K-Means

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K-Means is probably the most well know clustering algorithm. It’s taught in a lot of introductory data science and machine learning classes. It’s easy to understand and implement in code! Check out the graphic below for an illustration. K-Means has the advantage that it’s pretty fast, as all we’re really doing is computing the distances between points and group centers; very few computations! It thus has a linear complexity O(n). On the other hand, K-Means has a couple of disadvantages. Firstly, you have to select how many groups/classes there are. This isn’t always trivial and ideally with a clustering algorithm we’d want it to figure those out for us because the point of it is to gain some insight from the data. K-means also starts with a random choice of cluster centers and therefore it may yield different clustering results on different runs of the algorithm. Thus, the results may not be repeatable and lack consistency. Other cluster methods are more consistent.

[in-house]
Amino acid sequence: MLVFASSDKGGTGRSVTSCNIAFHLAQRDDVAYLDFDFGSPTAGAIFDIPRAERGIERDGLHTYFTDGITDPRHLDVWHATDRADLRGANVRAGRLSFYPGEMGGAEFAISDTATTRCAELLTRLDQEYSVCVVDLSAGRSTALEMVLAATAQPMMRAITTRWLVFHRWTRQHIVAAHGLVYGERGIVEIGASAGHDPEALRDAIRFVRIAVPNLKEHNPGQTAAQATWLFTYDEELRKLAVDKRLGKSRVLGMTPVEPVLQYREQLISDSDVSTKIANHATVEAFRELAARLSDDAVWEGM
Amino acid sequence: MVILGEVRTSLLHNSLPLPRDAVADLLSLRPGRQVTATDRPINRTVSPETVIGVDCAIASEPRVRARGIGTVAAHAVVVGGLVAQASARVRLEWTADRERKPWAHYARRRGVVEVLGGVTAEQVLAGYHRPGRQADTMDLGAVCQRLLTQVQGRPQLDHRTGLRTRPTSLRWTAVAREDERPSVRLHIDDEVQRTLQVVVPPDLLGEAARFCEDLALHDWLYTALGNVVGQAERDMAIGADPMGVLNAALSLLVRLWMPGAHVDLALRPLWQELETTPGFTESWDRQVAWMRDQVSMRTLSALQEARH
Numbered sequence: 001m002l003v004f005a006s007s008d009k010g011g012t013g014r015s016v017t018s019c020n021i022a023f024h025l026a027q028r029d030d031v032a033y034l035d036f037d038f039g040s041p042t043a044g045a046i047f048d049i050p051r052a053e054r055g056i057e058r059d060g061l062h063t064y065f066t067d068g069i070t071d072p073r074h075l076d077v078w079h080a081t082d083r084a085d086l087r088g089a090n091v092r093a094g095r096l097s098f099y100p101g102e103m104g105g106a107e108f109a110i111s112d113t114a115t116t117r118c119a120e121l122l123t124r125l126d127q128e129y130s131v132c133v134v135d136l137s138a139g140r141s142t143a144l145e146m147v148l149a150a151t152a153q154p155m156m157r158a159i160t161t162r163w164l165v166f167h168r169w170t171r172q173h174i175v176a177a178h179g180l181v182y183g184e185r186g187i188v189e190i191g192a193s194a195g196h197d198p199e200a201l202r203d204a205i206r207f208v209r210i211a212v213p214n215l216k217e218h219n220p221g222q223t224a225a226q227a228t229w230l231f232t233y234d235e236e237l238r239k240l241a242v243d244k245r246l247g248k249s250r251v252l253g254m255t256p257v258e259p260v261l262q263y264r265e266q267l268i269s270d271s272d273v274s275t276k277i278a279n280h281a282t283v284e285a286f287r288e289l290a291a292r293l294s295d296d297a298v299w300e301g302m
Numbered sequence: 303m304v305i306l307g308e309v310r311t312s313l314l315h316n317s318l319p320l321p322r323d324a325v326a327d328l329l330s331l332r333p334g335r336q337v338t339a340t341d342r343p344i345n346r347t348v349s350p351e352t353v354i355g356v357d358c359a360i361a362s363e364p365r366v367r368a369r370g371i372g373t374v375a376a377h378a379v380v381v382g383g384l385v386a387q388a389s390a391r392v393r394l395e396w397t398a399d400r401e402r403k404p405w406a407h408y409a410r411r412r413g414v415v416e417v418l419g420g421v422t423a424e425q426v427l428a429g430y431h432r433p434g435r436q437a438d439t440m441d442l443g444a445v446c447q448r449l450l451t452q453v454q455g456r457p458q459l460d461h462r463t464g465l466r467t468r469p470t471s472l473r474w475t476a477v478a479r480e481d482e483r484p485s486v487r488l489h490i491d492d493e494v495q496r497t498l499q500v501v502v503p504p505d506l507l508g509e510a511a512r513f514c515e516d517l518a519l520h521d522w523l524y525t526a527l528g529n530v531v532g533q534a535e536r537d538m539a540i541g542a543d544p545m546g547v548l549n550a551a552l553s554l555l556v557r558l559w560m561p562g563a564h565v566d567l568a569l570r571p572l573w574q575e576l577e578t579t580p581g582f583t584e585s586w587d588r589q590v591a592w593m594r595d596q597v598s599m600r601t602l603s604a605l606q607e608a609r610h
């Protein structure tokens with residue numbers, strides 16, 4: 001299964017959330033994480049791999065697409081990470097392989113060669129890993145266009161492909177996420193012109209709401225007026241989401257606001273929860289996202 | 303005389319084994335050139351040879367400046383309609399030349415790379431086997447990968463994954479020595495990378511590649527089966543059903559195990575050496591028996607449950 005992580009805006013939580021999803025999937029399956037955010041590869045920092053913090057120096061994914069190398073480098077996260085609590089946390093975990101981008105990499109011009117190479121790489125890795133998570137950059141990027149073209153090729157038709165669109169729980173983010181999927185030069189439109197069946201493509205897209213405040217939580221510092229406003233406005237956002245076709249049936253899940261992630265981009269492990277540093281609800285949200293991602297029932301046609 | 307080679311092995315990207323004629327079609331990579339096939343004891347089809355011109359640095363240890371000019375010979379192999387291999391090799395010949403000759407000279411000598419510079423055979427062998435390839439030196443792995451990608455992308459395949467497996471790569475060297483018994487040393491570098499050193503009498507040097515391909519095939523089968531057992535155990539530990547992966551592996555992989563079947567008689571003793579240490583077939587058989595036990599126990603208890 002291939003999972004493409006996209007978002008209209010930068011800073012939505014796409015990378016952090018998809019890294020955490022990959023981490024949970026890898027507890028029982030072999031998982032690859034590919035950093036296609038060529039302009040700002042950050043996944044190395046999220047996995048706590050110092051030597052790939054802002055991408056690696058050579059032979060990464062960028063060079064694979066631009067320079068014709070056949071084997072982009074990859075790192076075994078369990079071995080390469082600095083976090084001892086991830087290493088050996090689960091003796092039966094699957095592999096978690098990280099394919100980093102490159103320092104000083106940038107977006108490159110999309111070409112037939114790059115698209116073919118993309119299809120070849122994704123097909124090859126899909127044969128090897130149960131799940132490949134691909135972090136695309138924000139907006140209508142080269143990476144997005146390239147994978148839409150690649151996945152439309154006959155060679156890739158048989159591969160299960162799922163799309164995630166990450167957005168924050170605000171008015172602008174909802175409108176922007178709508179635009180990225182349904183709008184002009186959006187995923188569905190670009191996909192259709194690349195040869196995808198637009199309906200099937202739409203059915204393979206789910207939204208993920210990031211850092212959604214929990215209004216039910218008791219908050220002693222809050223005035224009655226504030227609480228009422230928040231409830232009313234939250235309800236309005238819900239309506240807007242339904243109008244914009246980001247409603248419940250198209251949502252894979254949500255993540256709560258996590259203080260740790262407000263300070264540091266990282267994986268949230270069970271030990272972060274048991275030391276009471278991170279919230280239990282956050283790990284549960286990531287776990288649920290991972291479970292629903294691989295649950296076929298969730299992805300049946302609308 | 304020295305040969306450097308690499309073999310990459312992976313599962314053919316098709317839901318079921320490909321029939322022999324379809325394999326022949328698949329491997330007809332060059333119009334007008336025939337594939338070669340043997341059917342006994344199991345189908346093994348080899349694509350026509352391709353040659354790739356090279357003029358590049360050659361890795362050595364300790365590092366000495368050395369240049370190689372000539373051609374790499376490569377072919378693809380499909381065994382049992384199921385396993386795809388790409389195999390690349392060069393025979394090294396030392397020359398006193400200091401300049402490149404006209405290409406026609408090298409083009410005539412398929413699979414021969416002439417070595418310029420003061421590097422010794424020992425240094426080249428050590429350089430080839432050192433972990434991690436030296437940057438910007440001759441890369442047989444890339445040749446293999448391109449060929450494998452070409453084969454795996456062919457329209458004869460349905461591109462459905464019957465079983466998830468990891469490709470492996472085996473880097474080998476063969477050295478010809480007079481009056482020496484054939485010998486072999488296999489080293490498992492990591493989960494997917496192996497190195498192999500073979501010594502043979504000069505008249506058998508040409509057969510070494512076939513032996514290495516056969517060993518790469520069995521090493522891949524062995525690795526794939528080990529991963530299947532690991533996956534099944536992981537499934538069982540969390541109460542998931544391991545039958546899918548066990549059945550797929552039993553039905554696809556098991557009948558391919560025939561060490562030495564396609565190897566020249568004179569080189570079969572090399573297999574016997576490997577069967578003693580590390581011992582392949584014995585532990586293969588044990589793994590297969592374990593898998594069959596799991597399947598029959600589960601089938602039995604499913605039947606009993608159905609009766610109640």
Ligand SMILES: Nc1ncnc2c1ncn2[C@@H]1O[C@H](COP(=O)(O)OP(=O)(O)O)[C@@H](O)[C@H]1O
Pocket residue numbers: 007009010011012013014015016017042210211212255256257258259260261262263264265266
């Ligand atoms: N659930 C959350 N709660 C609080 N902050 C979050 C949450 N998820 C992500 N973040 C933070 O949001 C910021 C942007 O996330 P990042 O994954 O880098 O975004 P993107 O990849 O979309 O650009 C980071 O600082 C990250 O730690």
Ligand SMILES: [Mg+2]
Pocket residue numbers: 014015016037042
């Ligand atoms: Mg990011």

Overview of algorithm:

  1. Choose the number of k clusters
  2. Randomly assign items to the k clusters
  3. Calculate new centroid for each of the k clusters
  4. Calculate the distance of all items to the k centroids
  5. Assign items to closest centroid
  6. Repeat until clusters assignments are stable

K-Medians is another clustering algorithm related to K-Means, except instead of recomputing the group center points using the mean we use the median vector of the group. This method is less sensitive to outliers (because of using the Median) but is much slower for larger datasets as sorting is required on each iteration when computing the Median vector. The 5 Clustering Algorithms Data Scientists Need to Know | Towards Data Science

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The algorithm follows a procedure to form clusters which contain homogeneous data points. The value of k is an input for the algorithm. Based on that, algorithm selects k number of centroids. Then the neighboring data points to a centroid combines with its centroid and creates a cluster. Later a new centroid is created within each cluster. Then data points near to new centroid will combine again to expand the cluster. This process is continued until centroids do not change. 10 Machine Learning Algorithms You need to Know | Sidath Asir @ Medium